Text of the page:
In England, more than one million people have been infected with norovirus. “For each reported case, an estimated 288 go unreported, meaning around 1.1 million people have had the virus since the summer,” The Sun reported on December 29. Meanwhile, dozens of hospitals in England have been forced to close their wards to control the outbreak. Around 5,000 NHS workers are reportedly calling in sick every day. In Ireland, the Wedford General Hospital actually imposed a complete ban on visitors to curb a norovirus outbreak.
In the United States, the virus sickens as many as 21 million each year and leads to 70,000 hospitalizations and 800 deaths according to the U.S. Centers for Disease Control and Prevention.
The Ferrari Of The Virus World And Larry The Vomiting Robot
Professor Ian Goodfellow of the Imperial London College in the U.K. has spent the past 10 years studying norovirus. He calls it “the Ferrari of the virus world,” not because your tummy goes from 0 to 60 in seconds, but because it requires a mere “20 particles to seize command of its victims.” It’s ruthlessly efficient.
The virus is spread through an infected person’s feces or via an airborne droplet of vomit, and—perhaps most often of all—by unwashed hands. “It’s not that it’s in food, but more often than not, it’s in the environment,” Evans said. “You don’t want to know how much stuff from people’s intestinal tracts is all over the environment.” Ew!
Now, thanks to a robot, we know a little puke goes a long way.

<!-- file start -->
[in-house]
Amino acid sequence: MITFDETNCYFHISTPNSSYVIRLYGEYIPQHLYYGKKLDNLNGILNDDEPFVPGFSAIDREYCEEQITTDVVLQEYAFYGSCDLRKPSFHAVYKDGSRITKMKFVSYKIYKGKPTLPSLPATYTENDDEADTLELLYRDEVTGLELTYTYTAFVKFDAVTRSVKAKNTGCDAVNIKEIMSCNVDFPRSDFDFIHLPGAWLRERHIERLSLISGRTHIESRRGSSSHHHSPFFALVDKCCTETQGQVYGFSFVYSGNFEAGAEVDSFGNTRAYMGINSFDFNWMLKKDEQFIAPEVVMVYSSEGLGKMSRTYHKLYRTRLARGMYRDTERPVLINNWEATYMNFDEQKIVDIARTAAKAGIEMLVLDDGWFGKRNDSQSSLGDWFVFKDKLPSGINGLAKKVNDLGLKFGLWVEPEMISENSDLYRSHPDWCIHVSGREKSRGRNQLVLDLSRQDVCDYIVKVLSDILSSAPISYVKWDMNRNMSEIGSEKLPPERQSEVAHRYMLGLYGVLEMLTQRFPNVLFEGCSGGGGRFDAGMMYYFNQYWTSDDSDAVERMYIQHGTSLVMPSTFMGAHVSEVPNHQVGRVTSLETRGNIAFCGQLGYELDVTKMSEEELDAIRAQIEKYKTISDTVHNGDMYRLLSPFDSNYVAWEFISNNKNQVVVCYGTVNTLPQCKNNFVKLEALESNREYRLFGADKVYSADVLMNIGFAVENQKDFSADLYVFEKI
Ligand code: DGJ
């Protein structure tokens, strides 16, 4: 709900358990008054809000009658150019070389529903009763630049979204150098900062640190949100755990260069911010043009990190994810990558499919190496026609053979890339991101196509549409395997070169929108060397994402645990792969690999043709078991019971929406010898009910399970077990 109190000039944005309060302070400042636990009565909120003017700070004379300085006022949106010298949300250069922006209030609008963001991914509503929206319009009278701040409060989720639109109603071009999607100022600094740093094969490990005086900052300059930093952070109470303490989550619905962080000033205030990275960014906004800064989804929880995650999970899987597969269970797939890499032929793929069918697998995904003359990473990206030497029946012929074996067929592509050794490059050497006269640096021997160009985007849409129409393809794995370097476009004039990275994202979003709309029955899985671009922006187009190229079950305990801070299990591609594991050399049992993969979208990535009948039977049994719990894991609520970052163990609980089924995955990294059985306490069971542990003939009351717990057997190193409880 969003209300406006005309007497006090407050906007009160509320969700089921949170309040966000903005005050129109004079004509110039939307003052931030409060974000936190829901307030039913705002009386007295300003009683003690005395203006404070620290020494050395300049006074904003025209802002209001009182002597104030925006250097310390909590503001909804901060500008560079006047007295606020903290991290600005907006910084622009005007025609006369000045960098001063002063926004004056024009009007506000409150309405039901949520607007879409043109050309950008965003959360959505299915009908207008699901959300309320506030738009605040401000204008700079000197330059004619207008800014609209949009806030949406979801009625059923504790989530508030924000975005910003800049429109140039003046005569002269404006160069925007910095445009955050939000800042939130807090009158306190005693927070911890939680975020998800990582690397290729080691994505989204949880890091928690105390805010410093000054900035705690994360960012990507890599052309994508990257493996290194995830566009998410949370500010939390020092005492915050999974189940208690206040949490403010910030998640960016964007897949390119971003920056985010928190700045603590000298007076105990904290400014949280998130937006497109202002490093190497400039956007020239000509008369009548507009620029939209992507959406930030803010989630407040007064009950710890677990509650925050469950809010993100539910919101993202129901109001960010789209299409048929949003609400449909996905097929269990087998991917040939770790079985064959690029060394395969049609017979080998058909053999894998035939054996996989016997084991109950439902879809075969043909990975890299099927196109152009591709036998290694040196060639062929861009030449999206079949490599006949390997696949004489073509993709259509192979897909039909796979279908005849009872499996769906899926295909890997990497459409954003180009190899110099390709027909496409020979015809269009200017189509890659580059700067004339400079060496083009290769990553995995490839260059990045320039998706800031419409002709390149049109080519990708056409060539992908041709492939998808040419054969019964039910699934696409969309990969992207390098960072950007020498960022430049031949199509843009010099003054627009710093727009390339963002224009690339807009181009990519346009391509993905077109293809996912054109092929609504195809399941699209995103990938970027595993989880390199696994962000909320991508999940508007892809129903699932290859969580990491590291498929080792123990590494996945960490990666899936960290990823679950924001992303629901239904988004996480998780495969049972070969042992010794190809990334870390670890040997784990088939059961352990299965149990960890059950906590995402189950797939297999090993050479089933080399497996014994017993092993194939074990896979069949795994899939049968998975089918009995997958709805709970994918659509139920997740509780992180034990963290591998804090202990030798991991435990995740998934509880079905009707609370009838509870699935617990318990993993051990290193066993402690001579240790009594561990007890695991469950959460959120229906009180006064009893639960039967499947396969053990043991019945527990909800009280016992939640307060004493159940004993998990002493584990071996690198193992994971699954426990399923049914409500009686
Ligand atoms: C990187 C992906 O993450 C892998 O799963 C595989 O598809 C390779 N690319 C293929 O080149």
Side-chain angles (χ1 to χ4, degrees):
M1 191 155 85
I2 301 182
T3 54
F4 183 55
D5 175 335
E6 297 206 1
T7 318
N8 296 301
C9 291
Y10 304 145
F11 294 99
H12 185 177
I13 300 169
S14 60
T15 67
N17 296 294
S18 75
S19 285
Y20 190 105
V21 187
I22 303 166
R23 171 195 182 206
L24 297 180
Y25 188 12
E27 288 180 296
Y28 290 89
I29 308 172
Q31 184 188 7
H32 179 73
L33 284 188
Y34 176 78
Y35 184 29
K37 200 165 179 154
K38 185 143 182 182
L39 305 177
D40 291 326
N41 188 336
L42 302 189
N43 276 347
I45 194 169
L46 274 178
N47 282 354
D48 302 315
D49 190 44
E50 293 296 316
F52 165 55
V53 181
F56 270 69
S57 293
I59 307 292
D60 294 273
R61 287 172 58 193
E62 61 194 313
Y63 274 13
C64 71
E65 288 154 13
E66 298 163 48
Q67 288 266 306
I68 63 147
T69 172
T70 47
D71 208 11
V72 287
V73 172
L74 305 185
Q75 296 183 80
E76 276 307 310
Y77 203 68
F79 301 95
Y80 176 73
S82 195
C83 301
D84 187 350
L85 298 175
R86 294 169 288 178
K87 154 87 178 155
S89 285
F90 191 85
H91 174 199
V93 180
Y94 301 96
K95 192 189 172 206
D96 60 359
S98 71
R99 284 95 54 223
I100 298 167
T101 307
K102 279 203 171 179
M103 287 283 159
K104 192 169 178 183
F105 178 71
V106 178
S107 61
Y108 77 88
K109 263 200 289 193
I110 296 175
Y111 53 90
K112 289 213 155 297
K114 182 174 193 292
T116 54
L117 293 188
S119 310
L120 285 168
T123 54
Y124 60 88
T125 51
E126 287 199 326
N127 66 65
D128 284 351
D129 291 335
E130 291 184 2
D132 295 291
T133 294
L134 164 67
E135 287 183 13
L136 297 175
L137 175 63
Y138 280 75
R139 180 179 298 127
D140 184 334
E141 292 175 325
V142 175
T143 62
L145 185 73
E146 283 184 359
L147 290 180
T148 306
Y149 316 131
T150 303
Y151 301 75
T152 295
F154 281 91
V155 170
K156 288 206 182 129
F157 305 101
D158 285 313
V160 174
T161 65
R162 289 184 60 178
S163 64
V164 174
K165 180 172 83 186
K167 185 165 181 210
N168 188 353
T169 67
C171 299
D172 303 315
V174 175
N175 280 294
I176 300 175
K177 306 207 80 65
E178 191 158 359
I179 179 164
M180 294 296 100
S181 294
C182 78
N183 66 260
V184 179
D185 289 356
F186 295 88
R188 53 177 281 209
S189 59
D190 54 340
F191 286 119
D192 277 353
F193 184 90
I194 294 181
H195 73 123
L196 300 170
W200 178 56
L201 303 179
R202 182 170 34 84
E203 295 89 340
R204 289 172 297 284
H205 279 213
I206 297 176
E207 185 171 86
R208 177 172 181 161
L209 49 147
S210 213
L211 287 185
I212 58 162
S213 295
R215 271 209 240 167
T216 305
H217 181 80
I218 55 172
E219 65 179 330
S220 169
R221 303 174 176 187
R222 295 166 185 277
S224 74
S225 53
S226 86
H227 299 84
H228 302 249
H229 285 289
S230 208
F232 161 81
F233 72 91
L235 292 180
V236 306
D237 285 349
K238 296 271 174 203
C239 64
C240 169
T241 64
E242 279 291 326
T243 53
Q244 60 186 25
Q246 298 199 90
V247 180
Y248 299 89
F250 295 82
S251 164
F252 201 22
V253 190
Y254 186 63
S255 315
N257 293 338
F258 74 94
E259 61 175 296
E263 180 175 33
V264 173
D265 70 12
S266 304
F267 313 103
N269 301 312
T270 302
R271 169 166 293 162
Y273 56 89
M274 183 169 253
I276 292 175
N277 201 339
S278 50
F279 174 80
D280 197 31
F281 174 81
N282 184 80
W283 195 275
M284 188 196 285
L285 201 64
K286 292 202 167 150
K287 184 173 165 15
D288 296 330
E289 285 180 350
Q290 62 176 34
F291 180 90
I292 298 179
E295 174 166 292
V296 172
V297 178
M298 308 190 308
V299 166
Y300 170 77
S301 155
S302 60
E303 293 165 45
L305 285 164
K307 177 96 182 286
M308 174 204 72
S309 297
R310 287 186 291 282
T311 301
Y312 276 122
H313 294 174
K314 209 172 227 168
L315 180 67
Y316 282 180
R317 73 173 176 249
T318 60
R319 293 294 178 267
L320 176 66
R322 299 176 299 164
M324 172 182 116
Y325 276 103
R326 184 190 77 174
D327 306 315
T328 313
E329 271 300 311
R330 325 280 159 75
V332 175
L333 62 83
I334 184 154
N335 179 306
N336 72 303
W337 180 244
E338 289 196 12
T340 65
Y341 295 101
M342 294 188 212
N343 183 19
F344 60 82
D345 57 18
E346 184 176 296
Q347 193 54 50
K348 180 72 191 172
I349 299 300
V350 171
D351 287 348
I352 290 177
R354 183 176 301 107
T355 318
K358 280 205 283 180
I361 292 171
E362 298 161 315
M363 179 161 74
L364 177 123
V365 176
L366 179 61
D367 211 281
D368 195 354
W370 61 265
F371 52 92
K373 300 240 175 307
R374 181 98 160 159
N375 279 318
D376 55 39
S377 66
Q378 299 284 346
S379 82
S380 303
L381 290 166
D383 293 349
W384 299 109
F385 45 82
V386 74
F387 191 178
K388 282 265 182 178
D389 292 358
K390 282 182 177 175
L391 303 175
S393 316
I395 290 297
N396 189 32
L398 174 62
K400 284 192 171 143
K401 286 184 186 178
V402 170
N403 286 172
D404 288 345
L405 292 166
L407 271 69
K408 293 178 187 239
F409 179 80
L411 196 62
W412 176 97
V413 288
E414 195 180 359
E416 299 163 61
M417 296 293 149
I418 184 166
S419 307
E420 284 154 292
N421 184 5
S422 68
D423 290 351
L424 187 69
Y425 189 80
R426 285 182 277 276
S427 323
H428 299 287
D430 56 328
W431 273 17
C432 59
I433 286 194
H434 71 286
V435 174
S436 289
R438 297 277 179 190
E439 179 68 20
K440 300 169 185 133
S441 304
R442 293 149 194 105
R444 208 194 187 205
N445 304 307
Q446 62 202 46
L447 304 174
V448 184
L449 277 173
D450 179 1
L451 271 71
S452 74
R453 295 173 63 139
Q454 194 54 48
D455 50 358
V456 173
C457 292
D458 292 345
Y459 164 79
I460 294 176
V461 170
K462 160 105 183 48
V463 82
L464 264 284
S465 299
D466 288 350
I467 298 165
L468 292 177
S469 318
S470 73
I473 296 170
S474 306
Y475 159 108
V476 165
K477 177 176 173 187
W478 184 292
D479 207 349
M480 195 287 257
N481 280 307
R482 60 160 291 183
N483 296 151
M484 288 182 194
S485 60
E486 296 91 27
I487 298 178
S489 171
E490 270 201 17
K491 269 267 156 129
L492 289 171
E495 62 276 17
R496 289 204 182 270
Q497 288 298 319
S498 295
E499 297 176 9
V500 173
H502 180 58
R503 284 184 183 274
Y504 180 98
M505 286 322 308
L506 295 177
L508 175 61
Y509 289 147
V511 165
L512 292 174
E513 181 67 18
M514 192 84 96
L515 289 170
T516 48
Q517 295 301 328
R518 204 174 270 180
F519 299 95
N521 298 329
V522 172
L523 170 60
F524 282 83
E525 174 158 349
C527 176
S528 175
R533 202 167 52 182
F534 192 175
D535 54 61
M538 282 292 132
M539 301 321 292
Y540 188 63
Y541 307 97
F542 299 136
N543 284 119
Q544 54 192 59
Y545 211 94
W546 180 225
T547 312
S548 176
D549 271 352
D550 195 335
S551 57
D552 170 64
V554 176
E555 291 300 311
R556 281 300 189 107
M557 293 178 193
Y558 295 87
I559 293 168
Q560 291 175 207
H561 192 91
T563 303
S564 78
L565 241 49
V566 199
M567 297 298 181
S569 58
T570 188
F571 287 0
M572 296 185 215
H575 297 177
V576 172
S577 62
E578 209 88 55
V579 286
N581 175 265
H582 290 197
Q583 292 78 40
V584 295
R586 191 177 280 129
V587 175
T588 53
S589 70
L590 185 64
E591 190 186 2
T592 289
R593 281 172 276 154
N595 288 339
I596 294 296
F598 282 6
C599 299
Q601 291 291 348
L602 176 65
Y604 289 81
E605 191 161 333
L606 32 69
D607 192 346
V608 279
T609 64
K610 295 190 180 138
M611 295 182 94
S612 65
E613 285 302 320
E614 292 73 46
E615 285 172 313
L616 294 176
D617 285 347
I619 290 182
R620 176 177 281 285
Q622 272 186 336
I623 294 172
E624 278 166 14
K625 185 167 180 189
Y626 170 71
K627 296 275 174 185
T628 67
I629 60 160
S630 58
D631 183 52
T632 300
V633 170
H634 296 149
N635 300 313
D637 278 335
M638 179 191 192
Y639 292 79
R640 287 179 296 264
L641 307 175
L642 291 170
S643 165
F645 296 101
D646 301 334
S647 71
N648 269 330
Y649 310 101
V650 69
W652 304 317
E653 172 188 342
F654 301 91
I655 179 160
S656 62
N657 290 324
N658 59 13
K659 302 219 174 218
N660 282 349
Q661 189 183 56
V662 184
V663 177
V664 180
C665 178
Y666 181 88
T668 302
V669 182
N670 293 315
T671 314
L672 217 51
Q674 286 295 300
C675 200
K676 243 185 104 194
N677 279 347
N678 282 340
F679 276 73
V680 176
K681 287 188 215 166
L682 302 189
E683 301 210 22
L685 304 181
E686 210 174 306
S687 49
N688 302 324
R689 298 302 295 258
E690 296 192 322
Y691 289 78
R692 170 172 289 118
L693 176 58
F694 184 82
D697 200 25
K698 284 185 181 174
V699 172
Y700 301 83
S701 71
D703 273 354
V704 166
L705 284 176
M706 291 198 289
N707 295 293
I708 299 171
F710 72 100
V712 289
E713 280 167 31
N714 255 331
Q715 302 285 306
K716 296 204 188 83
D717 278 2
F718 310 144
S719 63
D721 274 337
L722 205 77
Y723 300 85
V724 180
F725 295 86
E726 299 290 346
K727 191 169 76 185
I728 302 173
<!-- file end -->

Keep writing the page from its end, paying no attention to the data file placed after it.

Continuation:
Researchers at Derbyshire Health and Safety Laboratory have developed a “vomiting robot” called Larry to help them understand how far the virus can spread when someone spews it around the room. They push a button and, presto, Larry projectile-pukes on command. They then analyze the spread of droplets. Larry’s vomit can also be tagged with fluorescent dye, making it easy for scientists to track.
The most common places for norovirus to spread are residences where many people are living together—think nursing homes, schools, day cares and cruise ships. Interestingly, the virus particularly likes people with the blood type O, which constitutes about 45 percent of the population, including me. This is thanks to the receptor to which the virus attaches itself. If you have another blood type, you can still get norovirus, but the disease will likely not be as severe.
On average, someone infected with norovirus spreads it to about seven other people through direct touch or contaminated surfaces and food.
If you do contract norovirus, Evans suggests you lay low and wait to get better since there is really no treatment. While I am no doctor, I personally recommend loading up on liquids (once you can keep them down) and taking a high-end probiotic.
Unfortunately, norovirus can be quite the trial to your health. I can personally attest that it wipes you even days after you’ve stopped hurling.
“It’s very traumatic,” Evans said. “It’s amazing how fast it starts, and it’s amazing how bad you feel for at least a day or two.”
While there are no long-term effects, the crappiest thing about noro is that you’re never immune to it, because there are so many strains. “Once you get it, you can pretty well guarantee you will get it again,”said Evans.